## Urquhart's Theorem For And By Conics

Urquhart's theorem states that, for straight lines ABB' and AC'C with BC and B'C' intersecting in D the relation AB + BD = AC' + C'D implies AB' + B'D = AC + CD, as when four lines displayed all touch the same circle. Michel Cabart wondered whether an "hyperbolic" version of the theorem is also true:

 Is BD - BA = C'D - C'A equivalent to B'D - B'A = CD - CA?

What follows is the combination of Michel's emails of December 9 and 15, 2008.

Using a trigonometric approach in analogy to the "circular theorem":

 (BD - BA) / AD = (sin2β' - sin2β) / sin2(β + β') = [sin(β' - β) cos(β' + β] / sin(β' + β) cos(β' + β) = sin(β' - β) / sin(β' + β) = [sinβ' cosβ - sinβ cosβ'] / [sinβ' cosβ + sinβ cosβ'] = (t - 1) / (t + 1)

by posing t = tanβ' / tanβ. Thus BD - BA = C'D - C'A iff tanβ' / tanβ = tanγ / tanγ' and the rest of the proof is similar.

The two variants of the theorem can be summarized into one single property: "If B and C' belong to an ellipse (resp. hyperbola), then B' and C also belong an ellipse (resp. hyperbola) with the same foci."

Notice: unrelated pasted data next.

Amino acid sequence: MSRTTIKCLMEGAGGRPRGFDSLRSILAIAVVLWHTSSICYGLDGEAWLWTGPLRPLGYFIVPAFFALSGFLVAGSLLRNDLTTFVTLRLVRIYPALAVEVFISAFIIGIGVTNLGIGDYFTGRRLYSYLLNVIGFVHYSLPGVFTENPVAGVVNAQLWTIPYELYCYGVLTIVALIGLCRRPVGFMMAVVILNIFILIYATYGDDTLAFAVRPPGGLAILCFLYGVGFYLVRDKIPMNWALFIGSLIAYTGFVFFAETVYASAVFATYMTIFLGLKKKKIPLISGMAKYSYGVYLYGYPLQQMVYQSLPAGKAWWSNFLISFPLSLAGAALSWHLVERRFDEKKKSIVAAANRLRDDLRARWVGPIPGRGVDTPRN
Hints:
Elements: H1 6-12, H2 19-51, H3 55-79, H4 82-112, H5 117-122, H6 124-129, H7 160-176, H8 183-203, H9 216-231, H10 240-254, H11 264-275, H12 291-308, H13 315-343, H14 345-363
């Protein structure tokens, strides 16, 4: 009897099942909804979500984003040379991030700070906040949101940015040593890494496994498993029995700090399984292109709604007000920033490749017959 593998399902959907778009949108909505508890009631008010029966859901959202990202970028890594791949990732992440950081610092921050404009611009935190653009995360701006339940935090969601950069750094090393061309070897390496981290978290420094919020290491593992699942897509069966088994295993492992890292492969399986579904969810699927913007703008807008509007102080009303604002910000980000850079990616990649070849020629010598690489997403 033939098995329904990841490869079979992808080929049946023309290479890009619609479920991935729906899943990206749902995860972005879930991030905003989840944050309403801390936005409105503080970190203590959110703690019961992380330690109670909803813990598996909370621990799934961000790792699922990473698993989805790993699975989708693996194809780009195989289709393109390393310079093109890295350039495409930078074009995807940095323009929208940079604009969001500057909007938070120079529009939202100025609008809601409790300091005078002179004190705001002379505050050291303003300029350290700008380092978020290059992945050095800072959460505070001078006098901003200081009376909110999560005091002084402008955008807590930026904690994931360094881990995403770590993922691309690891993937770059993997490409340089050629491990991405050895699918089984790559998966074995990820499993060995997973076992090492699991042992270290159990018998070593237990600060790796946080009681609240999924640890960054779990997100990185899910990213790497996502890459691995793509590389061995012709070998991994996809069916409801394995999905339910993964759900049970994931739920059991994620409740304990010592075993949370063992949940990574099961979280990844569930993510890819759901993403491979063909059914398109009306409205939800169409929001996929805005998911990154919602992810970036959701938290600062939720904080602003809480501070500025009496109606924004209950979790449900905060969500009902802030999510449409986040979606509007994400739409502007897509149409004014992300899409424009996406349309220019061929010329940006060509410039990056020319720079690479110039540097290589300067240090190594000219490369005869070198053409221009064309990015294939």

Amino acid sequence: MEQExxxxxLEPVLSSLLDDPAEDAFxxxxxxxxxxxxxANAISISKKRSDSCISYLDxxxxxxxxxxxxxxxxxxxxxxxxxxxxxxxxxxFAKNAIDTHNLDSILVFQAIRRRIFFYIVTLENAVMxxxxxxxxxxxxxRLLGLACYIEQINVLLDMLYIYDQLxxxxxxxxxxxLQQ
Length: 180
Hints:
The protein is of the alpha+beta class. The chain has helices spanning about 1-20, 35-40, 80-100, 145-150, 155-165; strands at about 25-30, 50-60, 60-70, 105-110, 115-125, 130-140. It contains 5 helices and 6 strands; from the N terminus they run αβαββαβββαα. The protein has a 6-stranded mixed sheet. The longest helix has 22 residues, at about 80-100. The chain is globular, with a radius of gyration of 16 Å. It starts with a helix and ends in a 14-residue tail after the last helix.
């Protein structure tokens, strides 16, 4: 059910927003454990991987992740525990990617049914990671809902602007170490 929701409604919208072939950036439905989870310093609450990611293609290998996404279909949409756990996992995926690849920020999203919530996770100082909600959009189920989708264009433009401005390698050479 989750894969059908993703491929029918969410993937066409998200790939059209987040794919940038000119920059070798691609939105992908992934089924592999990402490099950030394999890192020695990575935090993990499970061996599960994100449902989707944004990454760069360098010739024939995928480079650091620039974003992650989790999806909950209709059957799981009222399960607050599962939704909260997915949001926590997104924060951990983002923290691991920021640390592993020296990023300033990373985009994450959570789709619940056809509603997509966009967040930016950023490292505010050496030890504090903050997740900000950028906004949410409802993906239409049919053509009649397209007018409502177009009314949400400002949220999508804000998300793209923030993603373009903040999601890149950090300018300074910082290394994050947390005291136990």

This suggests a proof by conics theorems. The following one (detailed for ellipse and similar for hyperbola) uses the following property of the focuses: for any two tangents MA and CA intersecting in A, FA bisects MFC and F'A bisects MF'C. Here we take CA perpendicular to the major axis. Notations:

• ∠ MF'C = 2α' and ∠MFC = 2α,
• c = half the distance between foci, a = half the length of the major axis.

We then have:

 tanα' = AC / (a + c) and tanα = AC / (a - c)

so that

 tanα' / tanα = (a - c) / (a + c)

Thus returning to the problem: BD + BA = C'D + C'A iff

 tanβ' / tan(π/2 - β) = (a - c) / (a + c) = tanγ / tan(π/2 - γ').

which is the condition found by trigonometric calculations. ### Urquhart's Theorem